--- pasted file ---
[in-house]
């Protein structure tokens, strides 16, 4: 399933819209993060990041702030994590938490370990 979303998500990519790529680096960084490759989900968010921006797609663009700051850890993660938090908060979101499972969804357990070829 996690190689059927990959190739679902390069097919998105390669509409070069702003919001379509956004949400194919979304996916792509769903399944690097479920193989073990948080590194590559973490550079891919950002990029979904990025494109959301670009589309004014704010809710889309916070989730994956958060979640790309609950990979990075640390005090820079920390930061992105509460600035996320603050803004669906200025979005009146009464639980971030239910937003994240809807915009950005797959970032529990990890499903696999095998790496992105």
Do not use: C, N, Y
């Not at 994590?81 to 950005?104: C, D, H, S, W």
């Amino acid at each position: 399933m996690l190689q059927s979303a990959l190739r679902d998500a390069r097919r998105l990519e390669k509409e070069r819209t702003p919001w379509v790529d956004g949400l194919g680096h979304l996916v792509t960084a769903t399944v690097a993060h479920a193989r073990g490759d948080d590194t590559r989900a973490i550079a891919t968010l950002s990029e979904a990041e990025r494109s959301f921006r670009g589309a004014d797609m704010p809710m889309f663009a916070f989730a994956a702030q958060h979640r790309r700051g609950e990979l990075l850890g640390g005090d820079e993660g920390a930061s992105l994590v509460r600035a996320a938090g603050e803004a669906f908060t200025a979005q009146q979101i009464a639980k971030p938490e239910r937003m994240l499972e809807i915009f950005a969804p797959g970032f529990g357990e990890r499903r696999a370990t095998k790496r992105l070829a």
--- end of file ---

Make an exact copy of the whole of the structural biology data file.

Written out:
[in-house]
């Protein structure tokens, strides 16, 4: 399933819209993060990041702030994590938490370990 979303998500990519790529680096960084490759989900968010921006797609663009700051850890993660938090908060979101499972969804357990070829 996690190689059927990959190739679902390069097919998105390669509409070069702003919001379509956004949400194919979304996916792509769903399944690097479920193989073990948080590194590559973490550079891919950002990029979904990025494109959301670009589309004014704010809710889309916070989730994956958060979640790309609950990979990075640390005090820079920390930061992105509460600035996320603050803004669906200025979005009146009464639980971030239910937003994240809807915009950005797959970032529990990890499903696999095998790496992105």
Do not use: C, N, Y
């Not at 994590?81 to 950005?104: C, D, H, S, W």
């Amino acid at each position: 399933m996690l190689q059927s979303a990959l190739r679902d998500a390069r097919r998105l990519e390669k509409e070069r819209t702003p919001w379509v790529d956004g949400l194919g680096h979304l996916v792509t960084a769903t399944v690097a993060h479920a193989r073990g490759d948080d590194t590559r989900a973490i550079a891919t968010l950002s990029e979904a990041e990025r494109s959301f921006r670009g589309a004014d797609m704010p809710m889309f663009a916070f989730a994956a702030q958060h979640r790309r700051g609950e990979l990075l850890g640390g005090d820079e993660g920390a930061s992105l994590v509460r600035a996320a938090g603050e803004a669906f908060t200025a979005q009146q979101i009464a639980k971030p938490e239910r937003m994240l499972e809807i915009f950005a969804p797959g970032f529990g357990e990890r499903r696999a370990t095998k790496r992105l070829a």